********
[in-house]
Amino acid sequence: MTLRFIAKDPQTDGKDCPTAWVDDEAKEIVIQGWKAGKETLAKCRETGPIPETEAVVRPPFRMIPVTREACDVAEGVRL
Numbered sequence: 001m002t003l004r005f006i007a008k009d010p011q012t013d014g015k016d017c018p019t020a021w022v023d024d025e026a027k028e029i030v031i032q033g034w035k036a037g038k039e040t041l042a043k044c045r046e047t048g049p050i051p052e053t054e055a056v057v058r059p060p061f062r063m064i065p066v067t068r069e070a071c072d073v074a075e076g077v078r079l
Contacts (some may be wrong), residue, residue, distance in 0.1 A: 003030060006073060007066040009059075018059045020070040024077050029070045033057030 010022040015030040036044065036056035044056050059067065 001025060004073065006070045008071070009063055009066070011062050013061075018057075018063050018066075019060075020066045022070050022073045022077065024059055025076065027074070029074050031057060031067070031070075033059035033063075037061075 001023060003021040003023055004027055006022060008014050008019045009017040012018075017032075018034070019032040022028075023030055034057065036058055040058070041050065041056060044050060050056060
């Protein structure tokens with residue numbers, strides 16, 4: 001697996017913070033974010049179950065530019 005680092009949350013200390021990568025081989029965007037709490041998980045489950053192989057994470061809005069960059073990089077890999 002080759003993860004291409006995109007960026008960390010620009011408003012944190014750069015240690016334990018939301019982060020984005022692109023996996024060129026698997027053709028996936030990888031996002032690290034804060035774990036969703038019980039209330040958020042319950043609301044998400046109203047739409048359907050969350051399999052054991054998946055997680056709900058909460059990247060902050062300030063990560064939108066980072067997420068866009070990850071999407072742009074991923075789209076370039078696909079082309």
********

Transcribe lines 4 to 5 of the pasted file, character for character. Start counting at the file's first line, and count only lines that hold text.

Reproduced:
Contacts (some may be wrong), residue, residue, distance in 0.1 A: 003030060006073060007066040009059075018059045020070040024077050029070045033057030 010022040015030040036044065036056035044056050059067065 001025060004073065006070045008071070009063055009066070011062050013061075018057075018063050018066075019060075020066045022070050022073045022077065024059055025076065027074070029074050031057060031067070031070075033059035033063075037061075 001023060003021040003023055004027055006022060008014050008019045009017040012018075017032075018034070019032040022028075023030055034057065036058055040058070041050065041056060044050060050056060
């Protein structure tokens with residue numbers, strides 16, 4: 001697996017913070033974010049179950065530019 005680092009949350013200390021990568025081989029965007037709490041998980045489950053192989057994470061809005069960059073990089077890999 002080759003993860004291409006995109007960026008960390010620009011408003012944190014750069015240690016334990018939301019982060020984005022692109023996996024060129026698997027053709028996936030990888031996002032690290034804060035774990036969703038019980039209330040958020042319950043609301044998400046109203047739409048359907050969350051399999052054991054998946055997680056709900058909460059990247060902050062300030063990560064939108066980072067997420068866009070990850071999407072742009074991923075789209076370039078696909079082309």